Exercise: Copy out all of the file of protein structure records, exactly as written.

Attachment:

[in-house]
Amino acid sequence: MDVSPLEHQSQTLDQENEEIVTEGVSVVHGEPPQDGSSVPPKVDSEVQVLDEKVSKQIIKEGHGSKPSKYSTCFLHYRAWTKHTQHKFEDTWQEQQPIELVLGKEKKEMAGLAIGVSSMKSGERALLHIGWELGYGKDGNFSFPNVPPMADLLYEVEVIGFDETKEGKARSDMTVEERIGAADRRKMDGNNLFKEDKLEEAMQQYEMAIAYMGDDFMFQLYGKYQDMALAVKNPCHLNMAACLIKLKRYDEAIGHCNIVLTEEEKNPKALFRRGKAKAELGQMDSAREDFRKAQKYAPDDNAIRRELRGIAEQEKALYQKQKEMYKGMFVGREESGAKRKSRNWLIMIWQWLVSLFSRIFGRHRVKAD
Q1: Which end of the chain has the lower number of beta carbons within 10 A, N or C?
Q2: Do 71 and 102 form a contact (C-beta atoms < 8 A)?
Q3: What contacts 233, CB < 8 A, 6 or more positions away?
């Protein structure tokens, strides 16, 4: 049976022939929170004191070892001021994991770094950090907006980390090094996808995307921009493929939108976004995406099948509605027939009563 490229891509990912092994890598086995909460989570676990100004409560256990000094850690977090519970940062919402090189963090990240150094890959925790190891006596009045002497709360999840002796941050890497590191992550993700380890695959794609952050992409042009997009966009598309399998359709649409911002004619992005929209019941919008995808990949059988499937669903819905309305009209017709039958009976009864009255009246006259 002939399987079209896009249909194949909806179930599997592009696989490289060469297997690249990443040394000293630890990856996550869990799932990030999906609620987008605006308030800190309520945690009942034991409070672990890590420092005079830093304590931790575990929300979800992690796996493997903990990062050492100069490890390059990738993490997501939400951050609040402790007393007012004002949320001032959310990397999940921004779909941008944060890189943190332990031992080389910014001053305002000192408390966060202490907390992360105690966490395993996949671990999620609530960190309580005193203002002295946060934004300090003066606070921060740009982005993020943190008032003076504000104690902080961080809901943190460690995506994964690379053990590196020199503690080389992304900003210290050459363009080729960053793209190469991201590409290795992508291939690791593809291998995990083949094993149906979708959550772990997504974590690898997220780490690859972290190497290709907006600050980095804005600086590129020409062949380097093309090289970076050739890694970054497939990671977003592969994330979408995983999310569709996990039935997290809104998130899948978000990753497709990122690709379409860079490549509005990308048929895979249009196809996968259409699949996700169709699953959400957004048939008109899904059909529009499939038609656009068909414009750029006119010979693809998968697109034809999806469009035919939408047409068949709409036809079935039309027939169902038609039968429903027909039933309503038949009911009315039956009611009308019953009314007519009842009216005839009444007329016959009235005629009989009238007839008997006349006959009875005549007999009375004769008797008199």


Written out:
[in-house]
Amino acid sequence: MDVSPLEHQSQTLDQENEEIVTEGVSVVHGEPPQDGSSVPPKVDSEVQVLDEKVSKQIIKEGHGSKPSKYSTCFLHYRAWTKHTQHKFEDTWQEQQPIELVLGKEKKEMAGLAIGVSSMKSGERALLHIGWELGYGKDGNFSFPNVPPMADLLYEVEVIGFDETKEGKARSDMTVEERIGAADRRKMDGNNLFKEDKLEEAMQQYEMAIAYMGDDFMFQLYGKYQDMALAVKNPCHLNMAACLIKLKRYDEAIGHCNIVLTEEEKNPKALFRRGKAKAELGQMDSAREDFRKAQKYAPDDNAIRRELRGIAEQEKALYQKQKEMYKGMFVGREESGAKRKSRNWLIMIWQWLVSLFSRIFGRHRVKAD
Q1: Which end of the chain has the lower number of beta carbons within 10 A, N or C?
Q2: Do 71 and 102 form a contact (C-beta atoms < 8 A)?
Q3: What contacts 233, CB < 8 A, 6 or more positions away?
């Protein structure tokens, strides 16, 4: 049976022939929170004191070892001021994991770094950090907006980390090094996808995307921009493929939108976004995406099948509605027939009563 490229891509990912092994890598086995909460989570676990100004409560256990000094850690977090519970940062919402090189963090990240150094890959925790190891006596009045002497709360999840002796941050890497590191992550993700380890695959794609952050992409042009997009966009598309399998359709649409911002004619992005929209019941919008995808990949059988499937669903819905309305009209017709039958009976009864009255009246006259 002939399987079209896009249909194949909806179930599997592009696989490289060469297997690249990443040394000293630890990856996550869990799932990030999906609620987008605006308030800190309520945690009942034991409070672990890590420092005079830093304590931790575990929300979800992690796996493997903990990062050492100069490890390059990738993490997501939400951050609040402790007393007012004002949320001032959310990397999940921004779909941008944060890189943190332990031992080389910014001053305002000192408390966060202490907390992360105690966490395993996949671990999620609530960190309580005193203002002295946060934004300090003066606070921060740009982005993020943190008032003076504000104690902080961080809901943190460690995506994964690379053990590196020199503690080389992304900003210290050459363009080729960053793209190469991201590409290795992508291939690791593809291998995990083949094993149906979708959550772990997504974590690898997220780490690859972290190497290709907006600050980095804005600086590129020409062949380097093309090289970076050739890694970054497939990671977003592969994330979408995983999310569709996990039935997290809104998130899948978000990753497709990122690709379409860079490549509005990308048929895979249009196809996968259409699949996700169709699953959400957004048939008109899904059909529009499939038609656009068909414009750029006119010979693809998968697109034809999806469009035919939408047409068949709409036809079935039309027939169902038609039968429903027909039933309503038949009911009315039956009611009308019953009314007519009842009216005839009444007329016959009235005629009989009238007839008997006349006959009875005549007999009375004769008797008199």